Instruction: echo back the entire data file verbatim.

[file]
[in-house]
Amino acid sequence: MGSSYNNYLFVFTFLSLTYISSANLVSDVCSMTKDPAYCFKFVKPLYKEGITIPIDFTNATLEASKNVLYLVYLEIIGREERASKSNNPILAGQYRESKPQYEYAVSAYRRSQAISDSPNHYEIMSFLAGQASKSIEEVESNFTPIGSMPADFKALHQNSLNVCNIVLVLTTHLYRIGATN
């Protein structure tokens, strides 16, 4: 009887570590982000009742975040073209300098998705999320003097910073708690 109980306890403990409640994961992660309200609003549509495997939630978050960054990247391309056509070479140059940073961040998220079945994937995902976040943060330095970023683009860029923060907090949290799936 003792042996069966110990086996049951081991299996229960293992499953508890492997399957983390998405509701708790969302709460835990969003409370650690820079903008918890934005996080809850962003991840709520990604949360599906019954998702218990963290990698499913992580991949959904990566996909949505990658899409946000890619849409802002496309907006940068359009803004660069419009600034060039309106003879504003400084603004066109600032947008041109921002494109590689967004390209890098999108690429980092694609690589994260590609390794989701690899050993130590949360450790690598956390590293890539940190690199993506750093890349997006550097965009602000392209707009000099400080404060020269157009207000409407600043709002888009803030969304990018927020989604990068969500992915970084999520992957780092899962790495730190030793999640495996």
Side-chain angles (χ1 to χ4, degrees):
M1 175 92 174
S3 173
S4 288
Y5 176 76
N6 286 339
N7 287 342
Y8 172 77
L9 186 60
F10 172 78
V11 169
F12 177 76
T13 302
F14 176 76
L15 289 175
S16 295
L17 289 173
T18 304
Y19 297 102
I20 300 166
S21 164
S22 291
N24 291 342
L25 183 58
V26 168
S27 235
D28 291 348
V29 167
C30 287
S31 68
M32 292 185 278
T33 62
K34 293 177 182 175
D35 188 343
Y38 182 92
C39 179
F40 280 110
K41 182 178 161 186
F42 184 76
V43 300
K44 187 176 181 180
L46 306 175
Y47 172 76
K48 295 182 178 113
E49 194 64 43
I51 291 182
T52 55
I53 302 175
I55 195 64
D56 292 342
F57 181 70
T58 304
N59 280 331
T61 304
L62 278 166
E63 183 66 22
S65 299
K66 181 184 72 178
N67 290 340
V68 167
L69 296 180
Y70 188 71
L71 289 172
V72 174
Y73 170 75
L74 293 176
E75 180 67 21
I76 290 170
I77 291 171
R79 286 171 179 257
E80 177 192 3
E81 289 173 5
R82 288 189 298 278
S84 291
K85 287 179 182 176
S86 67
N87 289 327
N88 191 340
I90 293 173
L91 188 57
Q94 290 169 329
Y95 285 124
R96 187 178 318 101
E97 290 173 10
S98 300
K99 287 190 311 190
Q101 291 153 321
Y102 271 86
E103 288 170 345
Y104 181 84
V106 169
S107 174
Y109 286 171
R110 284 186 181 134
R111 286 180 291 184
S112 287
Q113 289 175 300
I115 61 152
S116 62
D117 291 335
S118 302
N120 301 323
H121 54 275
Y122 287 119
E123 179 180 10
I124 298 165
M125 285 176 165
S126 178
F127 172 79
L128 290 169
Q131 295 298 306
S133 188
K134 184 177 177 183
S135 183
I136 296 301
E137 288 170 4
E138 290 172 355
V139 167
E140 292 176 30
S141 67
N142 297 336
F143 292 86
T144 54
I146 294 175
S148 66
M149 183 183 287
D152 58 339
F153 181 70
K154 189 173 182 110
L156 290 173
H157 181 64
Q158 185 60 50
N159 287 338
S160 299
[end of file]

[in-house]
Amino acid sequence: MGSSYNNYLFVFTFLSLTYISSANLVSDVCSMTKDPAYCFKFVKPLYKEGITIPIDFTNATLEASKNVLYLVYLEIIGREERASKSNNPILAGQYRESKPQYEYAVSAYRRSQAISDSPNHYEIMSFLAGQASKSIEEVESNFTPIGSMPADFKALHQNSLNVCNIVLVLTTHLYRIGATN
């Protein structure tokens, strides 16, 4: 009887570590982000009742975040073209300098998705999320003097910073708690 109980306890403990409640994961992660309200609003549509495997939630978050960054990247391309056509070479140059940073961040998220079945994937995902976040943060330095970023683009860029923060907090949290799936 003792042996069966110990086996049951081991299996229960293992499953508890492997399957983390998405509701708790969302709460835990969003409370650690820079903008918890934005996080809850962003991840709520990604949360599906019954998702218990963290990698499913992580991949959904990566996909949505990658899409946000890619849409802002496309907006940068359009803004660069419009600034060039309106003879504003400084603004066109600032947008041109921002494109590689967004390209890098999108690429980092694609690589994260590609390794989701690899050993130590949360450790690598956390590293890539940190690199993506750093890349997006550097965009602000392209707009000099400080404060020269157009207000409407600043709002888009803030969304990018927020989604990068969500992915970084999520992957780092899962790495730190030793999640495996």
Side-chain angles (χ1 to χ4, degrees):
M1 175 92 174
S3 173
S4 288
Y5 176 76
N6 286 339
N7 287 342
Y8 172 77
L9 186 60
F10 172 78
V11 169
F12 177 76
T13 302
F14 176 76
L15 289 175
S16 295
L17 289 173
T18 304
Y19 297 102
I20 300 166
S21 164
S22 291
N24 291 342
L25 183 58
V26 168
S27 235
D28 291 348
V29 167
C30 287
S31 68
M32 292 185 278
T33 62
K34 293 177 182 175
D35 188 343
Y38 182 92
C39 179
F40 280 110
K41 182 178 161 186
F42 184 76
V43 300
K44 187 176 181 180
L46 306 175
Y47 172 76
K48 295 182 178 113
E49 194 64 43
I51 291 182
T52 55
I53 302 175
I55 195 64
D56 292 342
F57 181 70
T58 304
N59 280 331
T61 304
L62 278 166
E63 183 66 22
S65 299
K66 181 184 72 178
N67 290 340
V68 167
L69 296 180
Y70 188 71
L71 289 172
V72 174
Y73 170 75
L74 293 176
E75 180 67 21
I76 290 170
I77 291 171
R79 286 171 179 257
E80 177 192 3
E81 289 173 5
R82 288 189 298 278
S84 291
K85 287 179 182 176
S86 67
N87 289 327
N88 191 340
I90 293 173
L91 188 57
Q94 290 169 329
Y95 285 124
R96 187 178 318 101
E97 290 173 10
S98 300
K99 287 190 311 190
Q101 291 153 321
Y102 271 86
E103 288 170 345
Y104 181 84
V106 169
S107 174
Y109 286 171
R110 284 186 181 134
R111 286 180 291 184
S112 287
Q113 289 175 300
I115 61 152
S116 62
D117 291 335
S118 302
N120 301 323
H121 54 275
Y122 287 119
E123 179 180 10
I124 298 165
M125 285 176 165
S126 178
F127 172 79
L128 290 169
Q131 295 298 306
S133 188
K134 184 177 177 183
S135 183
I136 296 301
E137 288 170 4
E138 290 172 355
V139 167
E140 292 176 30
S141 67
N142 297 336
F143 292 86
T144 54
I146 294 175
S148 66
M149 183 183 287
D152 58 339
F153 181 70
K154 189 173 182 110
L156 290 173
H157 181 64
Q158 185 60 50
N159 287 338
S160 299